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Negative gearing review


The majority of Australians using negative gearing earn less than $80,000 a year, and it’s part of a long term wealth creation strategy that should be encouraged, especially with such uncertainty about pensions and super.

It seems wealth creation has become a dirty joke in Australia. For months, there have been attacks on the money accumulated in superannuation; now Labor, the Greens and even the Reserve Bank have upped the ante by calling for a review of negative gearing.

It’s an attack, not so much on the wealthy, but on middle Australia. Contrary to the spin, Australians who are using negative gearing to increase their wealth are not millionaires flouting the tax system – the majority of them earn less than $80,000 a year and are only buying a single investment property.

Let’s think about a typical couple with secure jobs and earning $80,000 a year each. They are about to turn 50, have just paid their house off, and are well aware there’s unlikely to be much of a pension available to them when they retire.

The options available to them are cash, property and shares. Cash is particularly unappealing, with rates at historic lows and likely to fall further. They are terrified of shares, which they regard as a bit of a punt and are becoming increasingly wary of super, due to the barrage of calls to change the rules.

The only option left for them is property. They are not interested in non-residential property, where vacancies of a year or more are common, so their choice of asset to build a portfolio for their retirement is residential real estate.

They decide to bite the bullet and borrow $450,000 at 5%, secured by a mortgage over their existing home, to buy a property for $450,000. Repayments of $3560 a month will have the property paid off in 15 years when they want to retire.

In Year One, the net income from the property will be $18,000, and the interest for the first year on their loan will be $22,500. Hence they are negatively geared to the tune of $4500 and should qualify for a tax refund of around $1250 each when depreciation allowances are taken into account. The total cost to the taxpayer is just $2500 – hardly the stuff that grand tax schemes are made of.

Now fast forward to Year Five, when their net rents are likely to have increased to $21,000, while their loan is down to $339,000. Their interest deduction for the year is just $16,950.

Lo and behold, they are now positively geared. In fact, the surplus rents may well push them into a higher tax bracket, unless our squabbling politicians have got their act together and agreed to personal tax cuts in that time.

By the time they get to 65, the debt should be paid off and the property could be worth $670,000, assuming capital growth of 4% per annum; producing rents of $24,000 per annum assuming annual increases of 3%.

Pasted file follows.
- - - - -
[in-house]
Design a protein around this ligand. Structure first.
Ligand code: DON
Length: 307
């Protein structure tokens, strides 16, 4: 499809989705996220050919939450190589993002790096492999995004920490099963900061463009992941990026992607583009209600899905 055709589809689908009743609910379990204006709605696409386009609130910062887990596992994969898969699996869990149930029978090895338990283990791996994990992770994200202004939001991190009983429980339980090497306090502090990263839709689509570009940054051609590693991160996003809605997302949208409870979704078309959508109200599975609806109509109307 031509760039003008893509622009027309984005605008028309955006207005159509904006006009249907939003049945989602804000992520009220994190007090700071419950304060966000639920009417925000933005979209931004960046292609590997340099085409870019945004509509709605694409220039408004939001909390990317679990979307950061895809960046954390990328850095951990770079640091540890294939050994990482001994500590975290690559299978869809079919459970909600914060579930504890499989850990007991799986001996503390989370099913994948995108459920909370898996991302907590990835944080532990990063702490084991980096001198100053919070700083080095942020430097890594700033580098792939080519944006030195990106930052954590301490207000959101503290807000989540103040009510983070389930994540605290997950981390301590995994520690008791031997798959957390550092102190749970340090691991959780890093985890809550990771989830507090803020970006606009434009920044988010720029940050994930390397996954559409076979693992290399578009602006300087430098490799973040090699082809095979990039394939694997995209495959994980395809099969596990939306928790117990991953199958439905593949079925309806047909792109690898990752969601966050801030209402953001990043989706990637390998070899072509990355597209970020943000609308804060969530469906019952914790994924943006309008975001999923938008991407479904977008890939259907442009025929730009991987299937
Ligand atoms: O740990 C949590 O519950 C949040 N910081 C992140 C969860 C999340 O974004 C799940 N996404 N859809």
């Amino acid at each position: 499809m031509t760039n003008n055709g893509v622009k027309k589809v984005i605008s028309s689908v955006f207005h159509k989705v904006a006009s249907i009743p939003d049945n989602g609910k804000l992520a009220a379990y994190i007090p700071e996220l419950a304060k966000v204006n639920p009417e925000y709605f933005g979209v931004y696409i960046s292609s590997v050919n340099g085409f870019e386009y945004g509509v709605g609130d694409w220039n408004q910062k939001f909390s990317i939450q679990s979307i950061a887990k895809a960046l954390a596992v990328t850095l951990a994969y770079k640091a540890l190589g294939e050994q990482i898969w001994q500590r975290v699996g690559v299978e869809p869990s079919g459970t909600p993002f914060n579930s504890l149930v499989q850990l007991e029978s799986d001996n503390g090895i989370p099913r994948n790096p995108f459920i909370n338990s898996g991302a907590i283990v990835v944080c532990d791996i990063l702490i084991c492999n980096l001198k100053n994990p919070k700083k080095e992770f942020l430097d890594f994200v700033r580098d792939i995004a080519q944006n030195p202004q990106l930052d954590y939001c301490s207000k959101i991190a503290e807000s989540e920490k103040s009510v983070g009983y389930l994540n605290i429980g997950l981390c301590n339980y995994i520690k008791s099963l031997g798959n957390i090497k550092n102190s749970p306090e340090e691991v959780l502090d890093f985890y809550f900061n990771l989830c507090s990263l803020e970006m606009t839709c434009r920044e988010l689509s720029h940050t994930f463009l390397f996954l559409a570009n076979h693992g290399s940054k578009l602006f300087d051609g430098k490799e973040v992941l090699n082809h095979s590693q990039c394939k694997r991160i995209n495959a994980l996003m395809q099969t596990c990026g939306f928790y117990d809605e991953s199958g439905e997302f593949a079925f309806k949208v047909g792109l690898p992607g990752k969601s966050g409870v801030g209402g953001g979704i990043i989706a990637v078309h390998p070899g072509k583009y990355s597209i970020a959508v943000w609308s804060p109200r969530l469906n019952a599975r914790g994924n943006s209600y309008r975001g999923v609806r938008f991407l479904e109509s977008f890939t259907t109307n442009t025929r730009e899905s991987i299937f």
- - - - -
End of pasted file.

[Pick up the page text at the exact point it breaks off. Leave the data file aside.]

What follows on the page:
Let’s hope by now they’re feeling better about their employer-paid superannuation, because they’re going to need it. They’re well outside pension eligibility, but the rents from the property probably won’t be enough for them to live on, particularly with increasing maintenance costs as the property ages. Once they exhaust their superannuation, they’ll be forced to sell the house to provide enough funds to live on. This will generate a hefty capital gains tax bill.

Let me stress that this is not the kind of strategy I recommend – I much prefer the flexibility and growth potential of a diversified share portfolio. However, the couple in question are typical of many Australians in their tax bracket. Instead of being attacked, they should be commended for trying to be self-sufficient, and for the substantial contribution to taxes they will make in the future.

Addendum from the Editor

As background to the negative gearing debate, I asked a suburban accountant about his client’s income and expenses on investment properties. This practice is a small operation with a few staff in western Sydney, doing basic accounting work in the same way as thousands of other small firms. He sent me the table below.

Although this is a tiny sample, it shows how different the experiences are. In cases where loans are repaid, there is strong positive net income. But others with maximum gearing, depreciation and interest in advance create sizeable deductions. In most cases, there is either net income or a small deduction.

About the author
Noel Whittaker is the author of Making Money Made Simple and numerous other books on personal finance. His advice is general in nature and readers should seek their own professional advice before making any financial decisions. See www.noelwhittaker.com.au.
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